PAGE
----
Labour have referred housing secretary Robert Jenrick to the parliamentary commissioner for standards to seek an investigation into his dealings with billionaire developer Richard Desmond.

In a letter to commissioner Kathryn Stone, shadow housing secretary Steve Reed urged the sleaze watchdog to investigate whether Mr Jenrick had breached the code of conduct requiring MPs to behave with “probity and integrity” in relation to his approval of Mr Desmond’s application for a £1bn property development in Westferry, east London.

Boris Johnson has resisted calls to open an inquiry into whether Mr Jenrick breached the separate code of conduct for minister. He expressed his full confidence in the minister, and his top civil servant, cabinet secretary Sir Mark Sedwill said in a letter that the prime minister regards the case as “closed”.

Sharing the full story, not just the headlines

But pressure on the PM heightened as it was revealed that Mr Johnson and Mr Desmond were pictured together at a Tory fund-raising event in November.

An explosive cache of correspondence released earlier this week showed that Mr Jenrick was “insistent” that the Westferry case should be completed before the introduction of new planning regulations which would have cost the developer more than £40m. The housing secretary overruled the local council and planning inspector, but later quashed his own approval of the scheme after accepting it was “unlawful”.

Mr Reed said: “The prime minister can’t just sweep this issue under the carpet.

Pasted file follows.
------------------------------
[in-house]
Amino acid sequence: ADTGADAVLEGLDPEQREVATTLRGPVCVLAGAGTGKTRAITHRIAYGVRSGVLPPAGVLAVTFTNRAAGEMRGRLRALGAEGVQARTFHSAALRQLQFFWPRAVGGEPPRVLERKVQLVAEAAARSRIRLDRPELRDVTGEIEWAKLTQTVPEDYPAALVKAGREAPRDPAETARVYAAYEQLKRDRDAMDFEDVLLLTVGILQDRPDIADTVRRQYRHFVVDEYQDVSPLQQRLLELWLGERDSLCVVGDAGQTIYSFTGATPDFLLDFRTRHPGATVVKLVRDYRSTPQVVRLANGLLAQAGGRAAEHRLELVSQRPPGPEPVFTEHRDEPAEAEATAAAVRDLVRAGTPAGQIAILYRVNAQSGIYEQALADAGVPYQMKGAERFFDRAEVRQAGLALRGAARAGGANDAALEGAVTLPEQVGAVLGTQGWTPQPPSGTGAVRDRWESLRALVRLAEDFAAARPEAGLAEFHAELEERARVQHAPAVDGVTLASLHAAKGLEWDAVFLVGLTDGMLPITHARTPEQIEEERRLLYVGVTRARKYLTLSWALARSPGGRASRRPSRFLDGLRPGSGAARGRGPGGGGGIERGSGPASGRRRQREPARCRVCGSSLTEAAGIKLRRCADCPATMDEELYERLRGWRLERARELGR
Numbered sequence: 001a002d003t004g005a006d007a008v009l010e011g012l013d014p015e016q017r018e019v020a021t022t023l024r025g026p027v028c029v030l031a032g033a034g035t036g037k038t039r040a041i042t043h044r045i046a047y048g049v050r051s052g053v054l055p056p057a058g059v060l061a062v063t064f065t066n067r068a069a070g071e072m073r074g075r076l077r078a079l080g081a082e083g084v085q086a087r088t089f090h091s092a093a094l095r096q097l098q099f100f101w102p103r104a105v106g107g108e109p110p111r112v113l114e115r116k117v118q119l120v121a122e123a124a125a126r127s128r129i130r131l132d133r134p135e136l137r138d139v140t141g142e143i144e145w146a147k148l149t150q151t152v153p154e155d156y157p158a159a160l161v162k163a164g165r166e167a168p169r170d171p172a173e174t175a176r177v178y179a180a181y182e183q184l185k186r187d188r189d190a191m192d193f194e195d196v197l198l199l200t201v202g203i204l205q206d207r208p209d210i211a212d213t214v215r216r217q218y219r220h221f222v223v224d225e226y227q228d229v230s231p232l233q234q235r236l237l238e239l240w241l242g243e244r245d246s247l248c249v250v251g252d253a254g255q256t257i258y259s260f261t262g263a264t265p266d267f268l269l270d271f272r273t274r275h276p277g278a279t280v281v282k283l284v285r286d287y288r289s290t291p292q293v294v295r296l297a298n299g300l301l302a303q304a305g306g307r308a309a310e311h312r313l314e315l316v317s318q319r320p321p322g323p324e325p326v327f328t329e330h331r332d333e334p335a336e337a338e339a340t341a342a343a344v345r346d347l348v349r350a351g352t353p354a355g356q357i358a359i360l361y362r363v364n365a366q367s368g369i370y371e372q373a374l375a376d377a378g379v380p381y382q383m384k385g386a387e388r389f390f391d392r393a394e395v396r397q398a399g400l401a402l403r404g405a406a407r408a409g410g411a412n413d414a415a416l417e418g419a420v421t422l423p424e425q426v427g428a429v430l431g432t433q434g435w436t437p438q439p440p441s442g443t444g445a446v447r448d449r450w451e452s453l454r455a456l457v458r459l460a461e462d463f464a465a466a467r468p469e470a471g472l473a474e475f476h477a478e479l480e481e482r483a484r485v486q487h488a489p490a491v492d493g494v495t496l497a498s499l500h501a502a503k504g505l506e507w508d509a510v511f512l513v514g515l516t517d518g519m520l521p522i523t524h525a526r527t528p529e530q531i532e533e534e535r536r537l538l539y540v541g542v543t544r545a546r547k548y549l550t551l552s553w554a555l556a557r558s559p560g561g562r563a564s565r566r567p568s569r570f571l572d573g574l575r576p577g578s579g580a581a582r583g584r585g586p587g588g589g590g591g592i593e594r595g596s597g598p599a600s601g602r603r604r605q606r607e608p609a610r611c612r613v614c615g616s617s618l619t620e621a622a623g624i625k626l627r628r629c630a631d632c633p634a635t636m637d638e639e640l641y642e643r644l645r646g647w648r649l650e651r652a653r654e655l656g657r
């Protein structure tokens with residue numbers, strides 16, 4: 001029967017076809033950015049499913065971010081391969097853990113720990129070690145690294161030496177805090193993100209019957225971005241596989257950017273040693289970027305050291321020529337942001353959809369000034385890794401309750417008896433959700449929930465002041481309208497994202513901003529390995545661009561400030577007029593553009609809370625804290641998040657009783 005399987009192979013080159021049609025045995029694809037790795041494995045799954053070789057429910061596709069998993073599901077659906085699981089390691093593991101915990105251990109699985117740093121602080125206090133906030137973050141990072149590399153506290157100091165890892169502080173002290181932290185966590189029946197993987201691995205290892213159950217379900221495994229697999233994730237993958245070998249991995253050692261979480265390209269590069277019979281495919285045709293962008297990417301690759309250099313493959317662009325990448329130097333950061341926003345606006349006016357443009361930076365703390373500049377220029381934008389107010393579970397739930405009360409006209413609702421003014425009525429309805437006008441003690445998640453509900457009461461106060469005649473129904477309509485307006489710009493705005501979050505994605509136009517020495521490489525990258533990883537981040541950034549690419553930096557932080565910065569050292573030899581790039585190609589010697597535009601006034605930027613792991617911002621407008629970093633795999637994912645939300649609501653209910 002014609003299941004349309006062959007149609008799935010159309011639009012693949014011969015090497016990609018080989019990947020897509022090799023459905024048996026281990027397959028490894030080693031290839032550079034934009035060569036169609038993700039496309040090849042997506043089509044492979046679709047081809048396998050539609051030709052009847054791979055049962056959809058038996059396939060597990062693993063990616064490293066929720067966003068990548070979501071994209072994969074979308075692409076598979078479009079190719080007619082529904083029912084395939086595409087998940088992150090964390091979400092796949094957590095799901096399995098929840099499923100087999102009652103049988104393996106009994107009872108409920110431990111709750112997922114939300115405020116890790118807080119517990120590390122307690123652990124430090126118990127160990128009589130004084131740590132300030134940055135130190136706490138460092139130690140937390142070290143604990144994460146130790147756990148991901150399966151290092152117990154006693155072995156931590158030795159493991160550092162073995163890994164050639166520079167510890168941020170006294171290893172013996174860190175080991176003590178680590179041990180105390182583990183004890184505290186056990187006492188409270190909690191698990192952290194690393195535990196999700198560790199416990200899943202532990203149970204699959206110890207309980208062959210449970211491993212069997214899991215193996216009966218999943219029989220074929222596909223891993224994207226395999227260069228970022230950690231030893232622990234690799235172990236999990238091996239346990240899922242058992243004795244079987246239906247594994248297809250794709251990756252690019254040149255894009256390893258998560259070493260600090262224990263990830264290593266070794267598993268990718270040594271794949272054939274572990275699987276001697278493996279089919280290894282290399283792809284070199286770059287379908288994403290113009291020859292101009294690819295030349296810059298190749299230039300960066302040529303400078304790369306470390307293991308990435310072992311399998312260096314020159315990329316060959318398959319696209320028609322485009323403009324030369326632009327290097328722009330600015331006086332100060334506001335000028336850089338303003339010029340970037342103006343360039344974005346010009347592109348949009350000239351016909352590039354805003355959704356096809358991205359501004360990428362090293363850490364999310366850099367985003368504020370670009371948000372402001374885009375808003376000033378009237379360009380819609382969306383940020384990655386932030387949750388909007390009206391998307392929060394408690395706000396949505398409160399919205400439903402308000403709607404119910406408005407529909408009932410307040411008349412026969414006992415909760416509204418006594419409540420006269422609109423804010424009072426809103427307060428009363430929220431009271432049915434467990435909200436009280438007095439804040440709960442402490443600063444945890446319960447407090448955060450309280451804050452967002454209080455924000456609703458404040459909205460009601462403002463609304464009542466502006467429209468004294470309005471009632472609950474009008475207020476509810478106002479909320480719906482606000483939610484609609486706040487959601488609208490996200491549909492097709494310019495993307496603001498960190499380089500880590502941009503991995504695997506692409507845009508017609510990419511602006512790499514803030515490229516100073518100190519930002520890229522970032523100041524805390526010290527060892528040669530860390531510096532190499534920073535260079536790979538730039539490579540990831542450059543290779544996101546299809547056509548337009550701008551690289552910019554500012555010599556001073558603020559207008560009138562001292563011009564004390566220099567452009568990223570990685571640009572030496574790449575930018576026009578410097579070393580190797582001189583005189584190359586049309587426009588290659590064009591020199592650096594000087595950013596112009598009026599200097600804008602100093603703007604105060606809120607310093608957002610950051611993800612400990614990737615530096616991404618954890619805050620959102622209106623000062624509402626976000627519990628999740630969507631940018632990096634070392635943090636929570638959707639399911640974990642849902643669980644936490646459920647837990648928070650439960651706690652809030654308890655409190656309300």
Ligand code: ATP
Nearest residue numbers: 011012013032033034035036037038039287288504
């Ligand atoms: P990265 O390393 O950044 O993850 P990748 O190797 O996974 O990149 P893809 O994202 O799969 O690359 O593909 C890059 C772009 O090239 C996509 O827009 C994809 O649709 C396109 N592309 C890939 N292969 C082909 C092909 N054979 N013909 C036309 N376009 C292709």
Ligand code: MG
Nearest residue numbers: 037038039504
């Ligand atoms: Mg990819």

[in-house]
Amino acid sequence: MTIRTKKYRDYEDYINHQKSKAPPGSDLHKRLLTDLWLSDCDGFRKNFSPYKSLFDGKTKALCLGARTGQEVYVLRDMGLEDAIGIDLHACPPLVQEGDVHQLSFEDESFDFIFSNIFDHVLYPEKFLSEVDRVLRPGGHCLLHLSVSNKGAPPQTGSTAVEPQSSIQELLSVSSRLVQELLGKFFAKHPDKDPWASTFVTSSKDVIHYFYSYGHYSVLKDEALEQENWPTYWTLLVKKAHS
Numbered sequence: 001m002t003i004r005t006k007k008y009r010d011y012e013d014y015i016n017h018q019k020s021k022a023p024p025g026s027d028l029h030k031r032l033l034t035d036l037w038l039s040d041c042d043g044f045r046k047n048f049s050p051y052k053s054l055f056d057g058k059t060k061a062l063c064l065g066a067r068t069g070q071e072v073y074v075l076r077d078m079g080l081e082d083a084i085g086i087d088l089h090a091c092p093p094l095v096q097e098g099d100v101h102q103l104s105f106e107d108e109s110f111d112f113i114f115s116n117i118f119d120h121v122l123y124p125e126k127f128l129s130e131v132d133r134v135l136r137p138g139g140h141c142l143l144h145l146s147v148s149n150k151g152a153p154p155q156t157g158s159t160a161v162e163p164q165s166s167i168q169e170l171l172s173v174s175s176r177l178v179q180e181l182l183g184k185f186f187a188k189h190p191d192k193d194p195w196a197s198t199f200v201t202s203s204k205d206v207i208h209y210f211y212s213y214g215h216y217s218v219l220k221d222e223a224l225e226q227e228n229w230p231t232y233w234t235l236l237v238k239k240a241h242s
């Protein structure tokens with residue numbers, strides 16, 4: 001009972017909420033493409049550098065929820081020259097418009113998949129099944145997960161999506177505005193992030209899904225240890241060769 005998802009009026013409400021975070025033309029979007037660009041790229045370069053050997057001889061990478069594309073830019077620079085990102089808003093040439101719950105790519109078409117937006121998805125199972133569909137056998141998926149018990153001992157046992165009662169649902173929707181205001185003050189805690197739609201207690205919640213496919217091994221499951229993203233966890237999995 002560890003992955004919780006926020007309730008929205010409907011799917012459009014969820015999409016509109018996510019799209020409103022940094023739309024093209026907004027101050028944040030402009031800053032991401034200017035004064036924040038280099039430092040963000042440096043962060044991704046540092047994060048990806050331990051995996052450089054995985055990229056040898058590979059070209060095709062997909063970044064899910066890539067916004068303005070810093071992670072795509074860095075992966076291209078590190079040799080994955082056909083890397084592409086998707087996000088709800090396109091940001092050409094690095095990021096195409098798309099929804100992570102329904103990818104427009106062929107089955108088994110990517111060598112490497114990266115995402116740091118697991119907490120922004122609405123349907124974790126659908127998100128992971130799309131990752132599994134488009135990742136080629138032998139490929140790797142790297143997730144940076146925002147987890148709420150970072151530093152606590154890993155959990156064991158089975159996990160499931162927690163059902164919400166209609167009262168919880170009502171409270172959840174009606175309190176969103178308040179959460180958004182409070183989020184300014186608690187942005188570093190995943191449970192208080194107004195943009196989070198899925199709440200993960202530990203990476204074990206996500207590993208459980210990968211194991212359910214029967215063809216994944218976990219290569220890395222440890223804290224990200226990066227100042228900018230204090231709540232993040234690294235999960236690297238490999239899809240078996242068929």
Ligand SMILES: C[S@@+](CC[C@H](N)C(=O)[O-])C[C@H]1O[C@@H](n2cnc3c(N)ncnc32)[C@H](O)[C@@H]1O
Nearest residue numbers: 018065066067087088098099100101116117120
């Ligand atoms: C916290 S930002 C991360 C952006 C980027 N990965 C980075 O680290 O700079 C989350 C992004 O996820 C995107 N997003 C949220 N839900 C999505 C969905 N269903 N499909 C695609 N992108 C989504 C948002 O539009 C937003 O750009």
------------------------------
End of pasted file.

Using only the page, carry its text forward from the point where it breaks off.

“There are still so many unanswered questions about Robert Jenrick’s unlawful attempt to help Richard Desmond dodge £150m in tax days before he made a generous donation to the Conservative Party.

“The prime minister has yet again shown woefully poor judgment by not referring clear breaches of the ministerial code to the cabinet secretary and he must now come clean himself about his own involvement in this case.

“The government must publish all the remaining secret documents in this case to show the public what Mr Jenrick and the prime minister were really up to and prove that this is not the start of a new era of Tory sleaze.”

In his letter, Mr Reed listed five “apparent breaches” of the code of conduct, and Ms Stone will now consider whether any of them merits launching an inquiry into Mr Jenrick’s actions.

Mr Reed said that the documents released this week made clear that the housing secretary had delayed a month before notifying a meeting with Mr Desmond to officials in his Ministry of Housing, Communities and Local Government. He said that Mr Jenrick exchanged phone numbers with Mr Desmond when they were at the fundraising dinner in November and exchanged messages and asked a staff member to arrange a further meeting and site visit before declaring his contact with Desmond to officials.

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The Labour MP said there were “significant discrepancies” between Mr Jenrick’s account of having briefly looked at a promotional video about the Westferry scheme and Mr Desmond’s claim that he viewed it for three or four minutes and thanked him for showing it to him.

Mr Reed alleged that the nature and tone of Mr Jenrick’s exchanges with Mr Desmond, and his comment that he wished to avoid the appearance of bias, “imply that the Secretary of State wanted to do favours for Mr Desmond without being seen to do so.

And the shadow housing secretary said that Mr Jenrick’s indication that he wanted the development approved before Tower Hamlets’ new Community Infrastructure Levy came into force on 15 January appeared to show him “acting on the instruction of the applicant” in a way that made his decision biased.

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